How do we increase the availability of early child care for working parents? What are the most important conditions for safe and appropriate early childhood education? Do we want Maine’s programs to be educational, high-quality places?
On Wednesday, the Health and Human Services Committee of the Maine Legislature is scheduled to hear public testimony related to these questions as lawmakers consider proposals around child care licensing rules. The hearings will begin deliberations on these important issues that will continue for weeks, first in committee and then in the full House and Senate.
At the Maine Association for the Education of Young Children, we think about these questions all the time. We promote high-quality early learning for all children, birth through age 8, by connecting practice, policy and research.
We want parents to have many wonderful choices for their children while they work. We want early childhood professionals to be supported and valued for the important job they do. We want young children in Maine to have the best possible start in life.
But Mainers should be wary of policies that exert pressure to keep costs unreasonably low.
For example, one bill — LD 1474 — under consideration by the Health and Human Services Committee would remove staff qualifications at child care centers and permit one adult to care for a larger number of children. It would be highly inappropriate to allow one adult to care for six infants, seven 1-year-olds, or 12 2-year-olds.
LD 1474 and LD 1423, another bill under consideration, both allow a child care provider to employ a new teacher up to 90 days before receiving a background check. These proposals put at risk our children’s health and safety by moving us further away from national standards of quality early care and education.
There are three bills to exempt certain providers from regulation: LD 1474, LD 1423 and LD 765. Under current law, a person can provide child care in their home for up to two children in addition to their own without being licensed. LD 1474 and 1423 propose to raise this to four children, and LD 765 would allow for the care of five unrelated children without any oversight.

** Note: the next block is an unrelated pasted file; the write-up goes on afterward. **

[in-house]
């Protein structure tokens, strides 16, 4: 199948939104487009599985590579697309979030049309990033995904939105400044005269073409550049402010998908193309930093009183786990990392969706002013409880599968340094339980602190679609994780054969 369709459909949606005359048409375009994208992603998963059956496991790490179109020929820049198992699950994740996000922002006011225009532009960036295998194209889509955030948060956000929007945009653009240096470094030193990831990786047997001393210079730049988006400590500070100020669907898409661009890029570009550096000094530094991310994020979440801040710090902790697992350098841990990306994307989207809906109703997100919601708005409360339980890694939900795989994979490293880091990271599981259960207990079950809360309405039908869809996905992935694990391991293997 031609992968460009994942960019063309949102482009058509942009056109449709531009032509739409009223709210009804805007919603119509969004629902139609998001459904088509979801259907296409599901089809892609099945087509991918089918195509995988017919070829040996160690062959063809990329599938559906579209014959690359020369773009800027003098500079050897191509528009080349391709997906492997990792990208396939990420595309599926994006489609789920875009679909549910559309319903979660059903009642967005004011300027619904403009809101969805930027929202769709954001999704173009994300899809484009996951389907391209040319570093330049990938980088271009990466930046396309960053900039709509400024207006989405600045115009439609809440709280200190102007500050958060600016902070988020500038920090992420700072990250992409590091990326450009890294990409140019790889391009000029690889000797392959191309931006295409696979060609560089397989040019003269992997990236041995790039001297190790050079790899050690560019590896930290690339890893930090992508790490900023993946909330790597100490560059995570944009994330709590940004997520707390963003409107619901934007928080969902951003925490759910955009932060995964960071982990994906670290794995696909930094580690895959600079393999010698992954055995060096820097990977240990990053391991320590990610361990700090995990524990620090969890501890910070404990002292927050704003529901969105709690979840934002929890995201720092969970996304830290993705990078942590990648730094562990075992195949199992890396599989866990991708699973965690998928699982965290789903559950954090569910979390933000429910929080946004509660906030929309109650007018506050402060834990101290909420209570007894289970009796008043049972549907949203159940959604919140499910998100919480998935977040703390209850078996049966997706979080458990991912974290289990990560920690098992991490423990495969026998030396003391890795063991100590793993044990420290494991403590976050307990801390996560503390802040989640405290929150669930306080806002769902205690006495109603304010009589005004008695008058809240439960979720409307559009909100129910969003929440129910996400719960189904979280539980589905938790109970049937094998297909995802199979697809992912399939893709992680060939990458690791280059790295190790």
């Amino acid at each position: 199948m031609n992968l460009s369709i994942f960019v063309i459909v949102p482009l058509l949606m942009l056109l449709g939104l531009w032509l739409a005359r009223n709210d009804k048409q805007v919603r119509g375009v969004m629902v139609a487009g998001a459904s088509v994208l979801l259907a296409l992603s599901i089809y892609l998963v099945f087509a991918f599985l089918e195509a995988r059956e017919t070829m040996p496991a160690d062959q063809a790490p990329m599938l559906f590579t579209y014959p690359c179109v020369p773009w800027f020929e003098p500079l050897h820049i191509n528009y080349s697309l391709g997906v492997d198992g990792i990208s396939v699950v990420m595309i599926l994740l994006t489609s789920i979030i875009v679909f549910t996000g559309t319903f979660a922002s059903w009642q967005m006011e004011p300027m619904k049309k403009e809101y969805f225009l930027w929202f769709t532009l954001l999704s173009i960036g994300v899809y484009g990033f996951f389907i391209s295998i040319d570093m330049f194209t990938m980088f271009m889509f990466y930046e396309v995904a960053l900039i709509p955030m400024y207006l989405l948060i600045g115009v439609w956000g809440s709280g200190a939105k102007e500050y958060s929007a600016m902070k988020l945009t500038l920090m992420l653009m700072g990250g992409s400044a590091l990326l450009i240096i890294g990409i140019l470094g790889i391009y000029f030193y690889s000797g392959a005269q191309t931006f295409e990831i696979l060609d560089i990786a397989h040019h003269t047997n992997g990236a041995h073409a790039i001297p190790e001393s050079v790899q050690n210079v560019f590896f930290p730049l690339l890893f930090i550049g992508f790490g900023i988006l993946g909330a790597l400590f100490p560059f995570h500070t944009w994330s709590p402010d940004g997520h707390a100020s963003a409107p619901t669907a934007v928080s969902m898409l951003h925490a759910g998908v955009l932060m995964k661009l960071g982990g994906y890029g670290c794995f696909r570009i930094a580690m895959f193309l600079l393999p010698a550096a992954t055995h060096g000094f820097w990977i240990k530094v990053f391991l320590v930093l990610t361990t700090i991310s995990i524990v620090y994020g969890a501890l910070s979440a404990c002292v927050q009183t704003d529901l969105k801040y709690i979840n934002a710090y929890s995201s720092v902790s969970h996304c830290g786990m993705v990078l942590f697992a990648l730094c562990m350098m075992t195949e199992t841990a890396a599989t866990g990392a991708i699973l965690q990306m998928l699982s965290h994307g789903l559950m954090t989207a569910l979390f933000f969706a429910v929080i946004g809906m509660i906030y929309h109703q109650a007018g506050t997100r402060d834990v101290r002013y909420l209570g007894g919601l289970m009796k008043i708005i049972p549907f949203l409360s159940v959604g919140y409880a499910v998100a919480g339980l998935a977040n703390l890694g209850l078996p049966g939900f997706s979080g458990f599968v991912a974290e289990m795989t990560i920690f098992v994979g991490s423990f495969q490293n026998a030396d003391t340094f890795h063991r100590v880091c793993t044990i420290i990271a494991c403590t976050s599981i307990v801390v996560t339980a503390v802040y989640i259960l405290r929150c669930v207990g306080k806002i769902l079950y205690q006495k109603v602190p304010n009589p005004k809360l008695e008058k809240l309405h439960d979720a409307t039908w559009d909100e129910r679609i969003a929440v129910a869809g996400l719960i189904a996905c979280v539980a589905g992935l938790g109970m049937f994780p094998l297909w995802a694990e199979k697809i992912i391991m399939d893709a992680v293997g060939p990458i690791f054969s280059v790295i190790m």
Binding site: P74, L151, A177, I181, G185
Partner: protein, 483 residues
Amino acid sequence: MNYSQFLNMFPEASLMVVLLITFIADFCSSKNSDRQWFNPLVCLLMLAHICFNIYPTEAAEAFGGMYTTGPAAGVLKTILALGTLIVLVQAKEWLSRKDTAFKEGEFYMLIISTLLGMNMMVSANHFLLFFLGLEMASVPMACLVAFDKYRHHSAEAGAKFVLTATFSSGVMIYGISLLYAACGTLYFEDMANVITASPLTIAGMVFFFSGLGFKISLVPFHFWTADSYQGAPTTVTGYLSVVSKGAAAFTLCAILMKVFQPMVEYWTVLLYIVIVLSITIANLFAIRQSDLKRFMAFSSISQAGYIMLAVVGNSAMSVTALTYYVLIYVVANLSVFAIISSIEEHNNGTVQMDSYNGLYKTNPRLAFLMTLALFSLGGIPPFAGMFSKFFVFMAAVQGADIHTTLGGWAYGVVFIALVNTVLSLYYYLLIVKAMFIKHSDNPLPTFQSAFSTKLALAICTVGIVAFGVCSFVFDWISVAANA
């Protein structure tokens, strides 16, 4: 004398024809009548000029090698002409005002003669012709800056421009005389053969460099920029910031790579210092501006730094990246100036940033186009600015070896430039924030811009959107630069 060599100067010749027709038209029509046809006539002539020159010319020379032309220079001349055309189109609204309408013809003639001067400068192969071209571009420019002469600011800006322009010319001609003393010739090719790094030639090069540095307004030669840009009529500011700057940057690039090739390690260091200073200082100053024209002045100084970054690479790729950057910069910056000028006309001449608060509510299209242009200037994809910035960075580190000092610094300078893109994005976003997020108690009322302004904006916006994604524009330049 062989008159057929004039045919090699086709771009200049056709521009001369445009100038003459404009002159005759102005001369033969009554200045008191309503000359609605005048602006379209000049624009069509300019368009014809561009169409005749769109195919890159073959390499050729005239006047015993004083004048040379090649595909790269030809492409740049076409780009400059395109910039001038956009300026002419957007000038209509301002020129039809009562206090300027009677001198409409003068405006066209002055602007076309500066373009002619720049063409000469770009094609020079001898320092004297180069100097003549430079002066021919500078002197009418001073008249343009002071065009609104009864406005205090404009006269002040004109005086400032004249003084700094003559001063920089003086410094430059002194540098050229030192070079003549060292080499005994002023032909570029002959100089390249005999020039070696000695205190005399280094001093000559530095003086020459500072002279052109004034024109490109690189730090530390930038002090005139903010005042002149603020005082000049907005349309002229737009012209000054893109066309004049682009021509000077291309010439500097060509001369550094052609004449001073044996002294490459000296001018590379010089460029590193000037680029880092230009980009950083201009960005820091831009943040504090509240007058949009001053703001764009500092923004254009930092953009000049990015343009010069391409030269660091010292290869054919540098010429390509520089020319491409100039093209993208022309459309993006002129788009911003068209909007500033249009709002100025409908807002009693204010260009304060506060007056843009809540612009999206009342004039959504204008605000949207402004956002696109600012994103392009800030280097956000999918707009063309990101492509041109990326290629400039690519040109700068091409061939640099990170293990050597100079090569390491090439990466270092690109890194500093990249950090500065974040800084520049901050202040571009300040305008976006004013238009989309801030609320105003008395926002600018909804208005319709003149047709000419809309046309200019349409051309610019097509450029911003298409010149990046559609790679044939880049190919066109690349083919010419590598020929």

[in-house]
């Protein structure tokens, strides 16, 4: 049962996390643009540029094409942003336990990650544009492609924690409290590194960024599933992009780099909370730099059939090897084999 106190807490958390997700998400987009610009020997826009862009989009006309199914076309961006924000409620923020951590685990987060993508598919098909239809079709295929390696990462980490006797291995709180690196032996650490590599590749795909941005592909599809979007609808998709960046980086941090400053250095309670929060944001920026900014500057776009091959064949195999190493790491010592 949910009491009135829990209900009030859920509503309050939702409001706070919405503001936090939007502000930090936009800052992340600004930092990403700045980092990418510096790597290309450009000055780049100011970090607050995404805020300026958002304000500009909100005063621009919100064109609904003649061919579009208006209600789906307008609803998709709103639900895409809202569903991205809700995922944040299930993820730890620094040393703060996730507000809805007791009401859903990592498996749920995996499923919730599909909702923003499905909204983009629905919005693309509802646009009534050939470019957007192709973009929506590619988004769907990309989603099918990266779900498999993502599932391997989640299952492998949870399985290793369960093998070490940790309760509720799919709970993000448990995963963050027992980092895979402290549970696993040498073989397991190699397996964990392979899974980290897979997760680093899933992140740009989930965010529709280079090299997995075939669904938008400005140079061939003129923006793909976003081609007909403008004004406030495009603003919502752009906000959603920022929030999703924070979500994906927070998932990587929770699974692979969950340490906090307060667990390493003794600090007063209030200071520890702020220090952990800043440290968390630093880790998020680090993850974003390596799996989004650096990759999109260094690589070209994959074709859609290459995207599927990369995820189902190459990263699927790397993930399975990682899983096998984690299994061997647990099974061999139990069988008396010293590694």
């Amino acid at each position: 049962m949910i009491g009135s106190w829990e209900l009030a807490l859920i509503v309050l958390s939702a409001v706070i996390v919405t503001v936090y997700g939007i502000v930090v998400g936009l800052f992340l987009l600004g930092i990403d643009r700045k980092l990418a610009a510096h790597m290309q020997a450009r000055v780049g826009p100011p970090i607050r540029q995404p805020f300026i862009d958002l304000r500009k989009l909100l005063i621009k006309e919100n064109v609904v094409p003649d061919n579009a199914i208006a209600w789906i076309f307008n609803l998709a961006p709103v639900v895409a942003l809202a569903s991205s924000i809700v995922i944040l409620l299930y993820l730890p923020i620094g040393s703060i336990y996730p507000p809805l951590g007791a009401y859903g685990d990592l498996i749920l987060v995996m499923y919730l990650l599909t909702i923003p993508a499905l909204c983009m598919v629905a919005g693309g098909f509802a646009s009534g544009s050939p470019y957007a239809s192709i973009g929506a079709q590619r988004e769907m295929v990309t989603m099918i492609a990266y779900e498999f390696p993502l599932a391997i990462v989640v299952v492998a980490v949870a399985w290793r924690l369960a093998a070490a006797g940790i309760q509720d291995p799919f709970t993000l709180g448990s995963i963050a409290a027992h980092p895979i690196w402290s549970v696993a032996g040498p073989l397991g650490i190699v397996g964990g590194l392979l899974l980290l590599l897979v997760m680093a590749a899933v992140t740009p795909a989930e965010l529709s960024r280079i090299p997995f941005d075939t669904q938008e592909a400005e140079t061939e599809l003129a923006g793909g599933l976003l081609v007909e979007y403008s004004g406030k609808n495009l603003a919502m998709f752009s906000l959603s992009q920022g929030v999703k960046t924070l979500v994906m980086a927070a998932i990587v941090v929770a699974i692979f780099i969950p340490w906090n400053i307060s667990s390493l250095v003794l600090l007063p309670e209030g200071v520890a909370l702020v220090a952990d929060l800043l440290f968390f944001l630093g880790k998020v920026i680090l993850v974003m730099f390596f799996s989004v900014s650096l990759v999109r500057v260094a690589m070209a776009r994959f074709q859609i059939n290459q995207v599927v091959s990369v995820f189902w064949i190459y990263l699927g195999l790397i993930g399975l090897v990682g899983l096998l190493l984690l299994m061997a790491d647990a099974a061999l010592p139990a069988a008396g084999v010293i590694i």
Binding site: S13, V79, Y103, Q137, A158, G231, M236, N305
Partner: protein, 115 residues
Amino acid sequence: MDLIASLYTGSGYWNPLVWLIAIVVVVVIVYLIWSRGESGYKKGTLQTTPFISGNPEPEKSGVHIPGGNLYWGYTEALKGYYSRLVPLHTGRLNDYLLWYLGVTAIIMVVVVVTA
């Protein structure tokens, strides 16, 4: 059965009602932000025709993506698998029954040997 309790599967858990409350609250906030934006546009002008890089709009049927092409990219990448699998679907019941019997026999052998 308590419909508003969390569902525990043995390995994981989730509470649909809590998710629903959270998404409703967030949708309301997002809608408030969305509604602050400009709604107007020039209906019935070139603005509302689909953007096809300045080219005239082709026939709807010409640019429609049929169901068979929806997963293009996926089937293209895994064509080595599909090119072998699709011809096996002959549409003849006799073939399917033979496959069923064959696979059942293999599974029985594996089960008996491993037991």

These bills seem to assert that licensing and regulations are not necessary in early childhood education. This is just not true. “Appropriate regulation not only helps define and enforce health, environmental and program standards but can also ensure some degree of equity for parents and children in poorer neighborhoods,” according to the Organization for Economic Cooperation and Development.
All early childhood programs should continue to be required to have fire inspections, water tests, and CPR and first aid training. We need comprehensive background checks that include fingerprinting for our early childhood educators, just as we require of our K-12 teachers. The preparation and qualifications of educators, the smaller staff-to-child ratios, and the overall capacity limits are important for the safety and health of children.
In Maine, we can choose to honor the importance of our rules and regulations for the children who spend any part of their day in our early childhood programs. We can provide places where they receive attentive care and education to support their development. And we can strive for more, by working on our quality rating and improvement system.
Two out of three Maine children under age 6 live in families with all available parents in the workforce, and they are likely in need of child care. Working families deserve to have their children in nurturing and engaging environments.
We are very aware of the shortage of child care options around the state. We do not believe stripping away safety requirements is the right way to increase access or availability. Sensible policies contribute to our state by supporting our early childhood workforce as well as parents in all sectors of the economy who need programs they can trust with their young children.
Tara Williams is the executive director of the Maine Association for the Education of Young Children.
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